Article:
Tuesday, 24 September 2013

Some holiday charity shop finds

I love searching charity shops for any sewing relating finds, but I have come back empty handed from my recent trips to local charity shops. However, my luck changed when I ventured further afield whilst on holiday.

My first finds were a vintage pattern for £1, nearly 5m of black out lining for £5.50 and a scarf for £1.50 which I found whilst spending a few days in the Lake District. I’m not sure of the age of the pattern, but it is certainly pre-1971 as it is priced at 4/-. Although I don’t know if I will make the dress for myself, I love looking at the old instructions and seeing how things have changed.

The scarf design looked familiar (given my slight obsession with Liberty prints) and sure enough, there was a Liberty label on it. Unfortunately the previous owner of the scarf was obviously a smoker and there were no washing instructions on the label. I decided to risk a gentle handwash in cool water with a delicates detergent and looking at the water afterwards, I’m glad I did! I removed most of the water by rolling the scarf in a towel and then line dried it which got rid of the last of any smoky smell.

My second find was one that I thought I had missed. I first spotted this quilt block encyclopaedia for £4.99 in a shop at the end of August. At the time I decided not to get it, but then spent the next few weeks regretting the decision.  Knowing that we would be visiting again in September, I decided to leave it to fate and was delighted to find the book still in the shop on my second visit. I follow various blogs by Barbara Brackman and know that this book is now out of print and not easily available from UK-based sources. The illustrations are hand drawn and it is very much a reference book rather than one with complete quilt patterns, but with some modern technology (such as Touchdraw or Quiltography for the iPad) I’ll be able to try some virtual quilt designs using the blocks.

As I said at the start of this post, I struck lucky with these finds. You definitely need perseverance when hunting for sewing items (or any specific items) in charity shops. When visiting a town, I can easily check out half a dozen charity shops (or more) and come away empty handed, but occasionally I end up being in the right place at the right time.

Tuesday, 10 September 2013

Review - Seams So Easy Madam Butterfly Wristlet

A few months ago, The Sewing Directory had a competition to win kits from Seams So Easy. I wasn’t a winner, but Seams So Easy were looking for bloggers to review their kits and I was sent the Madam Butterfly Wristlet kit. 

The kit contains everything you need to make the project (with the exception of thread for machine stitching) and the idea is that you customise the item with your own interpretation of their embellishment suggestions.

The supplies in the kit are generous – after covering the butterfly wings with sequins, there were still a few remaining. For the hand stitching on the back panel, I used an irregular running stitch with three strands of embroidery floss rather than the recommended two strands. There are yellow running stitches between the rows of pink and blue, but they are not showing on the photos. I did find it necessary to mark guide lines to keep my stitching straight, though this was not suggested in the instructions. I decided I would prefer a narrower strap so I folded the tape in half and secured with coloured stitching to match the back panel.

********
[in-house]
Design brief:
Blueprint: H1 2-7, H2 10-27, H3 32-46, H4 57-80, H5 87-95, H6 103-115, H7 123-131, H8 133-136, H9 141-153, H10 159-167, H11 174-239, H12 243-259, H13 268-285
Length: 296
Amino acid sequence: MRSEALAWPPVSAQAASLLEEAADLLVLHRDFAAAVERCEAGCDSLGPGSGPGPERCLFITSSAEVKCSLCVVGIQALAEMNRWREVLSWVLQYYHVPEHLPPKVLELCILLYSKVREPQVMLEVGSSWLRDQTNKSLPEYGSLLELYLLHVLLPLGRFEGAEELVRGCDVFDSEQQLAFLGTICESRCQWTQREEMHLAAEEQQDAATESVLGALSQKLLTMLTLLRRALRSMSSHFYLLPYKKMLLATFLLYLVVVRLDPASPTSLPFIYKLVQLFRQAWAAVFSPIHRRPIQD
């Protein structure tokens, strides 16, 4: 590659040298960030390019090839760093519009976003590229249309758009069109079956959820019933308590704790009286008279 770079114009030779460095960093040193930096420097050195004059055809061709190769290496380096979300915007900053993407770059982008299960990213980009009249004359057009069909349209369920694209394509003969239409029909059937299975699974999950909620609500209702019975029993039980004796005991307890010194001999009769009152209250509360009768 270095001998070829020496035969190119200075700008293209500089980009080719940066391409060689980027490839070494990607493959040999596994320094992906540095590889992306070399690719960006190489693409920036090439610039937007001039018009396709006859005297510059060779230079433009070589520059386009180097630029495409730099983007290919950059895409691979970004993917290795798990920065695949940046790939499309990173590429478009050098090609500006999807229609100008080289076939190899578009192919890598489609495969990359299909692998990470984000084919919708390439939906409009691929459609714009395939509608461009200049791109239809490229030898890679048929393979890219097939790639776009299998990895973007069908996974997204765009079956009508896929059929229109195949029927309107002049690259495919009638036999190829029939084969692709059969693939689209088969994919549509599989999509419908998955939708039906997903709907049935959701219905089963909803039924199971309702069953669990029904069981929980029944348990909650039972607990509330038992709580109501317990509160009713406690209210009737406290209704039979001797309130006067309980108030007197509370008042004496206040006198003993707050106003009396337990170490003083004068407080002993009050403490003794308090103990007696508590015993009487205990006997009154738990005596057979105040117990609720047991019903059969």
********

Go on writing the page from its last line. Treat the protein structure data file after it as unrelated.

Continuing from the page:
Floss supplies, like the sequins, were generous - there was still plenty of floss left over despite my extra stitching on the strap and using three strands not two (there is less yellow floss left as it was also used to sew on the sequins).  I did find that the needles supplied with the kit were not ideal for the embellishments – it would have been easier to thread the floss through the long eye of a crewel needle rather than the round eye of the sharp needle supplied (though a needle threader was also provided) and the needle was too large for many of the beads. 

The embellishing was the main part of this project and I did it over several evenings, but the assembly of the wristlet went together quite quickly and was completed in just one evening. The instructions tell you to embellish the front panel and attach it to the zip and then to embellish the back panel and attach it to the zip. I chose to complete all the hand stitching before starting the machine stitching. For the zip, I added an extra line of top stitching to secure the lining to the zip tape and to stop it getting caught in the teeth. The instructions make no mention of seam allowances and my printed version had no mention of the strap, so a bit of unpicking was required when it came to sewing the bag together, however, details of where to attach the strap are in the online instructions. I added a further customisation by boxing the corners of my pouch (if you wish to do the same, this should be done to the main fabric and lining before turning the bag right sides out).

I enjoyed making this wristlet – I like hand sewing and chose to add lots of embellishments, but the beauty of a kit like this is that you can do as much or as little as you like. As everything needed is in the kit and no other supplies are needed, it would make an ideal present for anyone who has access to a sewing machine.

Disclaimer: I was sent a Madam Butterfly Wristlet kit by Seams So Easy for the purpose of this review. All words and opinions are my own.